We don’t even see Overgård’s small plane crash into the icy arctic wilderness. If anyone was with him they’re dead now (I’m assuming he didn’t eat them).
In fact we get no backstory at all. We know nothing about him, apart from what we witness.
It makes Arctic stand out, that Overgård is doubly isolated; physically so, but also from his past. There are no shortcuts for us to work out what kind of a man he is; whether his actions come from a need to make amends, or if he’s led a previously blameless existence. He’s a blank slate for us (and for some probably a mirror).
This is a riveting film, partly because it is also stark and spare; the only fluff is the padding inside his dirty red ski jacket and his eventual companion’s sleeping bag. But such austerity needs an exceptional performance to carry it.
Trudge forward Mads Mikkelsen, whose increasingly weatherbeaten face conveys every all-too-believable response to his life or death dilemmas. Survival stories are pointless if you aren’t invested in the protagonist, but we can’t help root for Overgård as Mikkelsen takes him from enigma to, emotionally if not practically, a sort of everyman. Even Overgård’s heroism is of the stoical kind, though he’s certainly built for this landscape.
He’s undoubtedly way more skilled in this environment than most of us, and he understands how to maximise his chances. It’s always daylight there (something which makes his struggle even more relentless and inescapable), but he sets alarms to stay on track, and ticks off the days.
Home is the small cargo plane; he fishes to survive, eating it raw. Trips outside into the inhospitable terrain are to work out potential escape routes, wind his radio, and clear lines of snow away so only the black rock below is visible. I wasn’t sure what he was doing until overhead shots revealed it as a giant (and perfectly formed!) SOS in black against the white snow.
A potential rescue by helicopter turns into disaster when it crashes nearby; the pilot is killed and the young woman with him (Maria Thelma Smáradóttir) is badly injured. Overgård staples her wound and takes her back to the plane. She comes inadvertently bearing gifts, including a lighter, some food, and even a sled; and maybe a little bit of luck as one of his fishing lines has caught a giant sea trout. They have fish and noodles cooked in the plane that night, and it looks like the most delicious meal ever.
Her injuries and his dwindling supplies mean leaving the downed plane and trying to reach safety is their only option. Packing her up in the sleeping bag, he straps her to the sled and starts walking, dragging it behind him.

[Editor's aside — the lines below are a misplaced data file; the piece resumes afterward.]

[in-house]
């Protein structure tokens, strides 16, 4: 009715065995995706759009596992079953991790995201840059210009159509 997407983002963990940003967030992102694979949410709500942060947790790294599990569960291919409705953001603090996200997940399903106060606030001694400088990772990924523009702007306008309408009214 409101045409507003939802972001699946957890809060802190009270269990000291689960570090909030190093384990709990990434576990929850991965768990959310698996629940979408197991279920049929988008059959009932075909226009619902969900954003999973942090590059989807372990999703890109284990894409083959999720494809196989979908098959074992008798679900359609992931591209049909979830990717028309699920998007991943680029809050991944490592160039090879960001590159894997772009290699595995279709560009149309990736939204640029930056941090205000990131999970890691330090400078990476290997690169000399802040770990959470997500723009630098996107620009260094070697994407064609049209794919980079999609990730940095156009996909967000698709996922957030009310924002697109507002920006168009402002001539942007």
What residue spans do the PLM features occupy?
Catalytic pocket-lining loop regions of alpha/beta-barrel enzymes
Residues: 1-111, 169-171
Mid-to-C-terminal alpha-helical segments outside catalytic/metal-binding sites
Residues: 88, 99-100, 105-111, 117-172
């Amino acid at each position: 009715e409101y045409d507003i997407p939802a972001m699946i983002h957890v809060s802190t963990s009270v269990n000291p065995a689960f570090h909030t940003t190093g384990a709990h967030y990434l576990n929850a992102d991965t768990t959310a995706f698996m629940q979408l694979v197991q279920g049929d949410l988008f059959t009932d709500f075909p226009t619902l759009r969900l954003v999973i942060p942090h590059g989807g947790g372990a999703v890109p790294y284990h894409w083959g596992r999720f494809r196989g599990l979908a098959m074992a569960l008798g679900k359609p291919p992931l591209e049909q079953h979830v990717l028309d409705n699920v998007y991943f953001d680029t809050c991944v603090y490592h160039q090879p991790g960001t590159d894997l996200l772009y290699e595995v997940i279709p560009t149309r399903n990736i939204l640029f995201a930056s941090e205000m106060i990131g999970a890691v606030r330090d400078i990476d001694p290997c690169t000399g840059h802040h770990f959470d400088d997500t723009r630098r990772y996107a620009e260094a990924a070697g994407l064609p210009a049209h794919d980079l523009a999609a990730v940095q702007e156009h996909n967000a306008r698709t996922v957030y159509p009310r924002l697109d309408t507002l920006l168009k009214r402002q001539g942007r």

Director and co-writer Joe Penna certainly puts Overgård through it, and there are times, as he determinedly trudges onwards, dragging his companion, that it feels as if we’re complicit in his suffering. What more can go wrong, I wondered, before something else went wrong. But it all feels very real, and at 98 minutes, resolution comes briskly for us if not for him (though as he tries to pull the sled again and again up a rocky cliff it feels agonisingly slow).
The snowstorms, sub-zero temperatures, and empty, inhospitable expanse are lethal but neutral. More aggressive is a polar bear; its snarling head squeezed through the entrance to a small cave in which the pair are sheltering is terrifying.
It’s an interesting bond, the one between Overgård and the young woman, based certainly on fellow feeling, though also partly on guilt and debt. Even though she’s mostly unconscious, there’s an interdependence there. The helicopter crashed because it came to rescue Overgård; the pilot is dead and she is dangerously ill. She’s given him a sled, fire, and food. He aims to save her, but as that connection strengthens, his few words move from practicalities to soothing reassurance.
The spaces are vast and flat, surrounded by jutting hills. The wasteland may be pure white interspersed with black jagged boulders, but above it’s surprisingly colourful: subtle tones of peach, grey, white and pale blue divide land and sky. Distant shots show just the red jacket and olive green sleeping bag against the white snow, moving slowly.
While usually I’d rather you watched a movie reflected in the back of a spoon than not watch one at all, Arctic deserves a big screen: for its vast emptiness, the desolation, the little figure struggling footstep by footstep towards safety while pulling a sick woman behind him.
Even Overgård’s moral dilemmas, his balancing of logic and humanity – abandon her for good, push on with her even if it makes it more likely neither will survive – need a space big enough for their implications.
Overgård the man, though, is stripped back emotionally to his bare bones. Masculine without ever being toxically so, Overgård is big and brawny, capable, and used to the cold. But there’s no one else to see or hear what he does, and no one to impress. This is the real Overgård. Resolve, fear, heartbreak, astonishment, near-hysteria and resignation flit across his exhausted face at different times.
I liked Arctic‘s layered approach to what survival means, whether taking an “every man for himself” approach can ever be worth it. Though this gritty story also works simply as a will they/won’t they make it movie, too.
It’s a fight against the odds but it always feels believable. Overgård’s stoicism, physical strength, emotional resilience and knowledge may not be a common combination but it’s not inexplicable. He’s a hero, not a superhero.
Watch the Arctic trailer below: